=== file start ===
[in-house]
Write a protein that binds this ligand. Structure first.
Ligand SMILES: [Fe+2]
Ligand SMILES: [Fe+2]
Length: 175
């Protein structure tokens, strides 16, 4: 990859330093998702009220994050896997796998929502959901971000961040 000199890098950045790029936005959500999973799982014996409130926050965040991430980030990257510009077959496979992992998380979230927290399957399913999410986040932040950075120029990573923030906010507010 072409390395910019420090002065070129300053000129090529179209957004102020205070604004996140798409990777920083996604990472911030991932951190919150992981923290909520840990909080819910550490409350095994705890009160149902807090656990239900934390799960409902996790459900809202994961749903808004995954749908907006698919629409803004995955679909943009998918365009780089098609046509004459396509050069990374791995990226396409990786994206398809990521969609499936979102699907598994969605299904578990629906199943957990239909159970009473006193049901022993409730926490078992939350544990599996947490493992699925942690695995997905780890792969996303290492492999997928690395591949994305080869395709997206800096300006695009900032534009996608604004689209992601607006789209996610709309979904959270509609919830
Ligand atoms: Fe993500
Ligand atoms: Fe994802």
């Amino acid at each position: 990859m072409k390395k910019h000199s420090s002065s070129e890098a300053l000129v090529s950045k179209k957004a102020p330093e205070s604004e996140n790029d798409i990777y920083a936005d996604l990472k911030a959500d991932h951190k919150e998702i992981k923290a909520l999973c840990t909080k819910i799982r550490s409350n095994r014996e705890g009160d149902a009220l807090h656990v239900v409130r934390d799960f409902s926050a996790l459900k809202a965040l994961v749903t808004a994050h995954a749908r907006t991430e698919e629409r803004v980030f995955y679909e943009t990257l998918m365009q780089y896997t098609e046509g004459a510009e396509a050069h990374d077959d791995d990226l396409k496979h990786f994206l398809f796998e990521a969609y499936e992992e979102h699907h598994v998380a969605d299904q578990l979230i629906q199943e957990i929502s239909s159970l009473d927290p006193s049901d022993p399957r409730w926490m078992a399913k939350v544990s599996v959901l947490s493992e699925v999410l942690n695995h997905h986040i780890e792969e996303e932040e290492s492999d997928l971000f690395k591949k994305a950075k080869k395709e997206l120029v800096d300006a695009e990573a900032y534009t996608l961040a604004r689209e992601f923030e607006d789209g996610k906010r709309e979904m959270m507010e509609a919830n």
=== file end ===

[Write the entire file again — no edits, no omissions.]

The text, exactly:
[in-house]
Write a protein that binds this ligand. Structure first.
Ligand SMILES: [Fe+2]
Ligand SMILES: [Fe+2]
Length: 175
């Protein structure tokens, strides 16, 4: 990859330093998702009220994050896997796998929502959901971000961040 000199890098950045790029936005959500999973799982014996409130926050965040991430980030990257510009077959496979992992998380979230927290399957399913999410986040932040950075120029990573923030906010507010 072409390395910019420090002065070129300053000129090529179209957004102020205070604004996140798409990777920083996604990472911030991932951190919150992981923290909520840990909080819910550490409350095994705890009160149902807090656990239900934390799960409902996790459900809202994961749903808004995954749908907006698919629409803004995955679909943009998918365009780089098609046509004459396509050069990374791995990226396409990786994206398809990521969609499936979102699907598994969605299904578990629906199943957990239909159970009473006193049901022993409730926490078992939350544990599996947490493992699925942690695995997905780890792969996303290492492999997928690395591949994305080869395709997206800096300006695009900032534009996608604004689209992601607006789209996610709309979904959270509609919830
Ligand atoms: Fe993500
Ligand atoms: Fe994802």
């Amino acid at each position: 990859m072409k390395k910019h000199s420090s002065s070129e890098a300053l000129v090529s950045k179209k957004a102020p330093e205070s604004e996140n790029d798409i990777y920083a936005d996604l990472k911030a959500d991932h951190k919150e998702i992981k923290a909520l999973c840990t909080k819910i799982r550490s409350n095994r014996e705890g009160d149902a009220l807090h656990v239900v409130r934390d799960f409902s926050a996790l459900k809202a965040l994961v749903t808004a994050h995954a749908r907006t991430e698919e629409r803004v980030f995955y679909e943009t990257l998918m365009q780089y896997t098609e046509g004459a510009e396509a050069h990374d077959d791995d990226l396409k496979h990786f994206l398809f796998e990521a969609y499936e992992e979102h699907h598994v998380a969605d299904q578990l979230i629906q199943e957990i929502s239909s159970l009473d927290p006193s049901d022993p399957r409730w926490m078992a399913k939350v544990s599996v959901l947490s493992e699925v999410l942690n695995h997905h986040i780890e792969e996303e932040e290492s492999d997928l971000f690395k591949k994305a950075k080869k395709e997206l120029v800096d300006a695009e990573a900032y534009t996608l961040a604004r689209e992601f923030e607006d789209g996610k906010r709309e979904m959270m507010e509609a919830n």